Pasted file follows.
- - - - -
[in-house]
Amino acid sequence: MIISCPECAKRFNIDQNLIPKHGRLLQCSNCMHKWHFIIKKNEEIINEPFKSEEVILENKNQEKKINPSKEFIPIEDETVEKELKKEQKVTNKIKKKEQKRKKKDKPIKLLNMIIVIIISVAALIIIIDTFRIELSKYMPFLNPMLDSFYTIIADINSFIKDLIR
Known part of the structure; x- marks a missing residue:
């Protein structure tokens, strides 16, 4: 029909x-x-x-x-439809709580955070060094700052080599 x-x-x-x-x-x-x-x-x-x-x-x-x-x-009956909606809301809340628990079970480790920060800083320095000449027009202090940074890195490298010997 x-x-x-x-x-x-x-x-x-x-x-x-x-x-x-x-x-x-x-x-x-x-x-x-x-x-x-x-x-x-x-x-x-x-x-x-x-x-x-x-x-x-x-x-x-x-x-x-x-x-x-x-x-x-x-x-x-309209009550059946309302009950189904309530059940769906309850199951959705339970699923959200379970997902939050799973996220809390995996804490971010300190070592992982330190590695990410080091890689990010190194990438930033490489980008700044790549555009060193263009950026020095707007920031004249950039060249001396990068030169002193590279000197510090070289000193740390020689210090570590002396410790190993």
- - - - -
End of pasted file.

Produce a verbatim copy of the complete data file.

[in-house]
Amino acid sequence: MIISCPECAKRFNIDQNLIPKHGRLLQCSNCMHKWHFIIKKNEEIINEPFKSEEVILENKNQEKKINPSKEFIPIEDETVEKELKKEQKVTNKIKKKEQKRKKKDKPIKLLNMIIVIIISVAALIIIIDTFRIELSKYMPFLNPMLDSFYTIIADINSFIKDLIR
Known part of the structure; x- marks a missing residue:
């Protein structure tokens, strides 16, 4: 029909x-x-x-x-439809709580955070060094700052080599 x-x-x-x-x-x-x-x-x-x-x-x-x-x-009956909606809301809340628990079970480790920060800083320095000449027009202090940074890195490298010997 x-x-x-x-x-x-x-x-x-x-x-x-x-x-x-x-x-x-x-x-x-x-x-x-x-x-x-x-x-x-x-x-x-x-x-x-x-x-x-x-x-x-x-x-x-x-x-x-x-x-x-x-x-x-x-x-x-309209009550059946309302009950189904309530059940769906309850199951959705339970699923959200379970997902939050799973996220809390995996804490971010300190070592992982330190590695990410080091890689990010190194990438930033490489980008700044790549555009060193263009950026020095707007920031004249950039060249001396990068030169002193590279000197510090070289000193740390020689210090570590002396410790190993």